Sessions refuses to discuss conversations with Trump on Russia
WASHINGTON (Reuters) – U.S. Attorney General Jeff Sessions refused on Wednesday to answer lawmakers’ questions about his discussions with President Donald Trump on Russia and denied lying to Congress about his own contacts with Russians during the 2016 election campaign.
In often testy exchanges with Senate Democrats, Sessions denied having misled them when he said during his Senate confirmation hearing earlier this year that he had not met with Russian officials during the presidential campaign.
“I conducted no improper discussions with Russians at any time regarding the campaign,” Sessions told a Senate Judiciary Committee oversight hearing.
Sessions was forced to recuse himself from investigations into Russian interference in the election and possible collusion by Trump campaign aides after it was revealed in March that he met with Russian ambassador Sergei Kislyak at least twice in 2016.
The Washington Post reported in July that U.S. intelligence agencies picked up intercepts in which Kislyak told the Kremlin he had held substantive discussions with Sessions about Trump’s positions on U.S.-Russia relations.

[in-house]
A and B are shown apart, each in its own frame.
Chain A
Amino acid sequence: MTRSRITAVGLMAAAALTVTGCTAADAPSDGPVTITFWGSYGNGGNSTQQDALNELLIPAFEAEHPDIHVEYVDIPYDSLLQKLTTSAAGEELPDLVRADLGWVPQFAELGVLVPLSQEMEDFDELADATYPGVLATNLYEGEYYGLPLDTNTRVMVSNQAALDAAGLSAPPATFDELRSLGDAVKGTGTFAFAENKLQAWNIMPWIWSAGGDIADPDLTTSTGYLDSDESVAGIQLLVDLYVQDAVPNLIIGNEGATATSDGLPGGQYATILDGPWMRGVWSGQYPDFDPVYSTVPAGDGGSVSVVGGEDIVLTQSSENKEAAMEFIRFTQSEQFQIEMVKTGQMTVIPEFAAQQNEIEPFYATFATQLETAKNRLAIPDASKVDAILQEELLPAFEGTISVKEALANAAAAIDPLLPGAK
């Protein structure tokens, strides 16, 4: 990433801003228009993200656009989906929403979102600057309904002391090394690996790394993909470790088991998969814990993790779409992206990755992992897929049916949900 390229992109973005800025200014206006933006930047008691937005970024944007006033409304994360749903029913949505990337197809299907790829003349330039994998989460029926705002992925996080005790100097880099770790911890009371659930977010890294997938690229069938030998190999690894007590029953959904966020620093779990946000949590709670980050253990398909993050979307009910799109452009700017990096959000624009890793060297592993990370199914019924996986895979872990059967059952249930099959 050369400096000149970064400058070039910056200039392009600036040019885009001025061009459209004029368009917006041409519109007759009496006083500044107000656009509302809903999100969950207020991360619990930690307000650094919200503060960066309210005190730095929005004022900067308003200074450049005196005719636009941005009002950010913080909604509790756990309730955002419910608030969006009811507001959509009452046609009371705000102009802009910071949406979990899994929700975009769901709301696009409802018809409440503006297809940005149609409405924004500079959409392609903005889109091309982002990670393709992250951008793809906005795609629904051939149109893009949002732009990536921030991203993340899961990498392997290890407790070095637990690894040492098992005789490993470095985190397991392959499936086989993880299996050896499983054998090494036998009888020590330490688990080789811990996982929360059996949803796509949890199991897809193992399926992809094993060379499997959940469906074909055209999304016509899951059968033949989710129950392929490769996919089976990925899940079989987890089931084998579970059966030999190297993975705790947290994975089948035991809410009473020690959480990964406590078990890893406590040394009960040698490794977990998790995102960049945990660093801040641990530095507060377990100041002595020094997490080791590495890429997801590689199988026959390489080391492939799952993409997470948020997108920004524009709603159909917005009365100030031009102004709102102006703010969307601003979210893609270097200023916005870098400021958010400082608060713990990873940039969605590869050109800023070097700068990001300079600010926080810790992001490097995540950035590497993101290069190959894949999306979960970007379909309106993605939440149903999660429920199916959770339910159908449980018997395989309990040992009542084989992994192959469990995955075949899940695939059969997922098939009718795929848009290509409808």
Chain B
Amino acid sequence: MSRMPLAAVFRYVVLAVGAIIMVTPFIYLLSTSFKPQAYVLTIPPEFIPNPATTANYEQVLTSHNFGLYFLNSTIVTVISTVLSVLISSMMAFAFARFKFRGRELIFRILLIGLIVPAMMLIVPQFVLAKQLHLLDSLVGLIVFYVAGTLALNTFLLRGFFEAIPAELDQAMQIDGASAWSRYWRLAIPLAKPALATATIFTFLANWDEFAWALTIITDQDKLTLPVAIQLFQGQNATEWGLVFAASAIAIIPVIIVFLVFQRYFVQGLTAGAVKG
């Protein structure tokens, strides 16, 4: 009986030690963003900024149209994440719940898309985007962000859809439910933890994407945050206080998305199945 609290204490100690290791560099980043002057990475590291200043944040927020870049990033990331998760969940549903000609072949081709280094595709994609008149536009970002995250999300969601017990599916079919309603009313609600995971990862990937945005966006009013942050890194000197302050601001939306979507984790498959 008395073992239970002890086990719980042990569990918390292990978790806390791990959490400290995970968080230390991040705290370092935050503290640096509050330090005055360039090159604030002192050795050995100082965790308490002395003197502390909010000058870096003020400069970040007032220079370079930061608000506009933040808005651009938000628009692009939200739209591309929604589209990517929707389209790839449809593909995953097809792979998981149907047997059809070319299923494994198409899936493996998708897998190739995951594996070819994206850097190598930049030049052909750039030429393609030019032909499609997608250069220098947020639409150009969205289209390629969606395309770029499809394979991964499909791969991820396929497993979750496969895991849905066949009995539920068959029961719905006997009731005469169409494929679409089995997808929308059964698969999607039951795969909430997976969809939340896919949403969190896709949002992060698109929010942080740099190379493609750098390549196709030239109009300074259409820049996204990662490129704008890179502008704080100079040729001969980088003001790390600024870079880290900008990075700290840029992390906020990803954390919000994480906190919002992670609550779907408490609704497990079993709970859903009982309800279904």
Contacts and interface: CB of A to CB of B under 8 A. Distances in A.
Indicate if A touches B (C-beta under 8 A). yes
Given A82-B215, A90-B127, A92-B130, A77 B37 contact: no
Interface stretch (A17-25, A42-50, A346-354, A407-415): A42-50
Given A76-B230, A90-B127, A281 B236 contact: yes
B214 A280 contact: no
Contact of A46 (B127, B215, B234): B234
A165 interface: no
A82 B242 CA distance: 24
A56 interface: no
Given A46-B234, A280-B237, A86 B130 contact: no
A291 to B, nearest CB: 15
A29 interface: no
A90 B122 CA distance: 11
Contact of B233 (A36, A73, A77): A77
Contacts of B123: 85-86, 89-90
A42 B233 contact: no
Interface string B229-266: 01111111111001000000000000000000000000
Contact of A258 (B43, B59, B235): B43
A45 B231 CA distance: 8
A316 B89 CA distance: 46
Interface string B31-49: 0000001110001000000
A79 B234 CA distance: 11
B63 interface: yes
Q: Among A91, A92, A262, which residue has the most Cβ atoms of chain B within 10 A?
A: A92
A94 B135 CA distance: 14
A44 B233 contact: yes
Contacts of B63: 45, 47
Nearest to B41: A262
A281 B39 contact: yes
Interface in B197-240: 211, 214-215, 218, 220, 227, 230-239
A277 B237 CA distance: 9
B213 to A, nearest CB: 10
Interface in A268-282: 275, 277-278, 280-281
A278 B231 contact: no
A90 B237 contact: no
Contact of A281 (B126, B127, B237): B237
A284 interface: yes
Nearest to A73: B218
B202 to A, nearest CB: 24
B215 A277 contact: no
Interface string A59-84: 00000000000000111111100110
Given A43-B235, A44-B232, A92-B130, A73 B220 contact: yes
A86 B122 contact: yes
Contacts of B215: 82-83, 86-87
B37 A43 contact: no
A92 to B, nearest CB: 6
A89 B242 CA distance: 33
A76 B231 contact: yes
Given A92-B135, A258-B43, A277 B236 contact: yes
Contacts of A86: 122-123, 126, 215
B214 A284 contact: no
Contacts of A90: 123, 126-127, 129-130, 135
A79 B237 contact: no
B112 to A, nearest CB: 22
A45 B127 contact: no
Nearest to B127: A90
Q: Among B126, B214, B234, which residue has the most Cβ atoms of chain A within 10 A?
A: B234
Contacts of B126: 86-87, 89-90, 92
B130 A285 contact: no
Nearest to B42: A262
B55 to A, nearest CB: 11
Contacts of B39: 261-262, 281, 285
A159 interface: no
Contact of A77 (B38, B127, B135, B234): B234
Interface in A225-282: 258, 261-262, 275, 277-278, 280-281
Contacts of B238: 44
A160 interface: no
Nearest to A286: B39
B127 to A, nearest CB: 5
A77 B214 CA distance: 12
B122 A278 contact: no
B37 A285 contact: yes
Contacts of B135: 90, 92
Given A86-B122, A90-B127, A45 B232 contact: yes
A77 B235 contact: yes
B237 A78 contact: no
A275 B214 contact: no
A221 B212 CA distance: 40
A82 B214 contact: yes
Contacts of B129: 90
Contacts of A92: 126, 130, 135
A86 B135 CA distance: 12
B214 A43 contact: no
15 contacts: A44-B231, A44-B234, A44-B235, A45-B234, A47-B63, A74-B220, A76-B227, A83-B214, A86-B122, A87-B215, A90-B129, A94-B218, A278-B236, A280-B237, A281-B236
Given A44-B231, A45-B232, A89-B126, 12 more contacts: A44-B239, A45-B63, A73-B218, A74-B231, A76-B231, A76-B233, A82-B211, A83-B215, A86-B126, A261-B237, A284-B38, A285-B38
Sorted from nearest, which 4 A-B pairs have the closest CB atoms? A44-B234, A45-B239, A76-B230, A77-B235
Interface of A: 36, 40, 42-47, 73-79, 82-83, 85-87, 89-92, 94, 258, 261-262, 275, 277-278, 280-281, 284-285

Sessions said on Wednesday he could not recall the specific details of the conversation.
”I don’t think there was any discussions about the details of the campaign,“ he said. ”It could have been that in that meeting in my office or at the convention … some comments were made about what Trump’s positions were. I think that’s possible.”
Democratic Senator Patrick Leahy told Sessions that many members of the committee believe Sessions gave “false testimony” when he had previously denied meeting with Russians.
Sessions said he believed the context of that question related only to matters specific to the 2016 campaign interference, and told Leahy he had answered it truthfully.
“I believe my answer was correct,” Sessions said.
He also repeatedly said he was barred from discussing the content of confidential conversations with Trump.
Those refusals appeared likely to fuel congressional Democrats’ frustration with the Trump administration over what they say is its inadequate cooperation with investigations into the Trump campaign’s dealings with Russia.
Russia has denied interfering in the U.S. election and Trump has said there was no collusion.
Sessions also said on Wednesday that he has not been interviewed or received any interview requests by Special Counsel Robert Mueller, who is leading the investigation into alleged Russian interference in the election.
Reporting by Sarah N. Lynch and Lisa Lambert; Editing by Chizu Nomiyama and Alistair Bell